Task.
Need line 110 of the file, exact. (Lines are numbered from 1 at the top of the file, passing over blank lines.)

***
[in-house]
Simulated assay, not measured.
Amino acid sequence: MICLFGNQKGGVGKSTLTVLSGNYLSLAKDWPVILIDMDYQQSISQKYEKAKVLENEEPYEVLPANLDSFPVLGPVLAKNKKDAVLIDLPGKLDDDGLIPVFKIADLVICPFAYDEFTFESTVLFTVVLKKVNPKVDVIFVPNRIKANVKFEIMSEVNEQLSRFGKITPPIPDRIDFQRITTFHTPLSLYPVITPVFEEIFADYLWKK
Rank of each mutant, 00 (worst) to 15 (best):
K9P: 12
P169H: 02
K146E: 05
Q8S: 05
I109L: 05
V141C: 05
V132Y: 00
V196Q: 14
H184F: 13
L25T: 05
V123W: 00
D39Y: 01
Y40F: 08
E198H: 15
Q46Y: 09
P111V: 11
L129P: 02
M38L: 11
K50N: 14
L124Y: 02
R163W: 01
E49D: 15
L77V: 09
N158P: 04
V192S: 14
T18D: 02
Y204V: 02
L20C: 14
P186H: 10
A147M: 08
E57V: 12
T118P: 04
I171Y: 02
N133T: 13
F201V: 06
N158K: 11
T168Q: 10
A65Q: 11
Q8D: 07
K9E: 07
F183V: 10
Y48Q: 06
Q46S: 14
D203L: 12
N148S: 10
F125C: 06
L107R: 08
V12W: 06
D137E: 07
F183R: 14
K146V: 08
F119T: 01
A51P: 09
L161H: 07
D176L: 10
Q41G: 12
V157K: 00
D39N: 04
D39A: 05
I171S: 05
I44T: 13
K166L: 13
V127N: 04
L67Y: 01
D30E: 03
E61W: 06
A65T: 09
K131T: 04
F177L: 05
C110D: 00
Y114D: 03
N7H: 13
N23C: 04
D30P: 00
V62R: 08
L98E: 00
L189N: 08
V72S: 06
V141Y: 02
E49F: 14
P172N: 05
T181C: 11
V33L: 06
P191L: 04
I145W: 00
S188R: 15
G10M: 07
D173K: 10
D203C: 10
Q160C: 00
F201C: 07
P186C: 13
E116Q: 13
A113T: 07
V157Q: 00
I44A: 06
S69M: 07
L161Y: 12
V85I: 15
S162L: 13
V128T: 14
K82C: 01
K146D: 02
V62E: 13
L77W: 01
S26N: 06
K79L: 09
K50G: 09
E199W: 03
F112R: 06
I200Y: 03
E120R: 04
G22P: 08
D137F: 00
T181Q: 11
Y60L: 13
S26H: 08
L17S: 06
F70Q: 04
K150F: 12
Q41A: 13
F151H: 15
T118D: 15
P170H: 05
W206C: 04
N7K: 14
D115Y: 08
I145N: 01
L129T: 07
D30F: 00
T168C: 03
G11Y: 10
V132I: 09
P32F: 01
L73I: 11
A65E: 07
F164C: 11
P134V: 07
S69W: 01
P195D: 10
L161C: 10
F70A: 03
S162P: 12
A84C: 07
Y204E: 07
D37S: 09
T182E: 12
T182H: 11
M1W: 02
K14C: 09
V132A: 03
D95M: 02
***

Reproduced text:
S26N: 06